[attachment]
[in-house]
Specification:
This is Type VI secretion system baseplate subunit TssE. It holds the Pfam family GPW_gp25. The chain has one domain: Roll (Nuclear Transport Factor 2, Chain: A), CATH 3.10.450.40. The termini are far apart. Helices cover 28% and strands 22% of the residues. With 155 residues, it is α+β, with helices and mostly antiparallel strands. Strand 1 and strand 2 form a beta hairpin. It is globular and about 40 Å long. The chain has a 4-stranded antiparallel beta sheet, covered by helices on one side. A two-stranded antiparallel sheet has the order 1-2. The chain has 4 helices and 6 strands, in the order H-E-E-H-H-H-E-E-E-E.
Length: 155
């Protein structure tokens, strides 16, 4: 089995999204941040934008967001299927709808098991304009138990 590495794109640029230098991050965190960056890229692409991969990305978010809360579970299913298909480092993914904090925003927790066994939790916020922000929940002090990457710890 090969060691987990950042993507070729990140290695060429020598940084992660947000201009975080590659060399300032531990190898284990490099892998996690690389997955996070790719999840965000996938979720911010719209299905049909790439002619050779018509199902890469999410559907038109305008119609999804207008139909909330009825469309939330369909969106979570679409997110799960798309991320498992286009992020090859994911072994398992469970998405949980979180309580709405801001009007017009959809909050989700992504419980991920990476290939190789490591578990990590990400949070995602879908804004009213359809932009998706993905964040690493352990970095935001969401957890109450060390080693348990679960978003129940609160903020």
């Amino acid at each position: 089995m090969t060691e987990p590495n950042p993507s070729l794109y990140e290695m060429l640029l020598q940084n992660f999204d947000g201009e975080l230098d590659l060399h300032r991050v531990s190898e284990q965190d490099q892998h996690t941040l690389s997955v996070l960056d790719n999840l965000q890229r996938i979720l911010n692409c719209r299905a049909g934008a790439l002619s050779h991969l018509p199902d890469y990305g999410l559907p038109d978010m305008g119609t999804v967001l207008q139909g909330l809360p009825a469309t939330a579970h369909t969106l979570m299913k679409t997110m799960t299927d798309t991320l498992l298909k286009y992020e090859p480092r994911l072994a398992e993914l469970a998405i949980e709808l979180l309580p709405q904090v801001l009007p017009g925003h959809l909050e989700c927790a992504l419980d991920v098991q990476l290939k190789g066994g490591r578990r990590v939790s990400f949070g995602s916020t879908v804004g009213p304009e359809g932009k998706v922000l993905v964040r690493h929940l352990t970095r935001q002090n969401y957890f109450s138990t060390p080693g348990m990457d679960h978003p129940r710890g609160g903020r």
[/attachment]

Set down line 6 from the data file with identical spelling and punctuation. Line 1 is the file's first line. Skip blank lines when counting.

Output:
């Amino acid at each position: 089995m090969t060691e987990p590495n950042p993507s070729l794109y990140e290695m060429l640029l020598q940084n992660f999204d947000g201009e975080l230098d590659l060399h300032r991050v531990s190898e284990q965190d490099q892998h996690t941040l690389s997955v996070l960056d790719n999840l965000q890229r996938i979720l911010n692409c719209r299905a049909g934008a790439l002619s050779h991969l018509p199902d890469y990305g999410l559907p038109d978010m305008g119609t999804v967001l207008q139909g909330l809360p009825a469309t939330a579970h369909t969106l979570m299913k679409t997110m799960t299927d798309t991320l498992l298909k286009y992020e090859p480092r994911l072994a398992e993914l469970a998405i949980e709808l979180l309580p709405q904090v801001l009007p017009g925003h959809l909050e989700c927790a992504l419980d991920v098991q990476l290939k190789g066994g490591r578990r990590v939790s990400f949070g995602s916020t879908v804004g009213p304009e359809g932009k998706v922000l993905v964040r690493h929940l352990t970095r935001q002090n969401y957890f109450s138990t060390p080693g348990m990457d679960h978003p129940r710890g609160g903020r």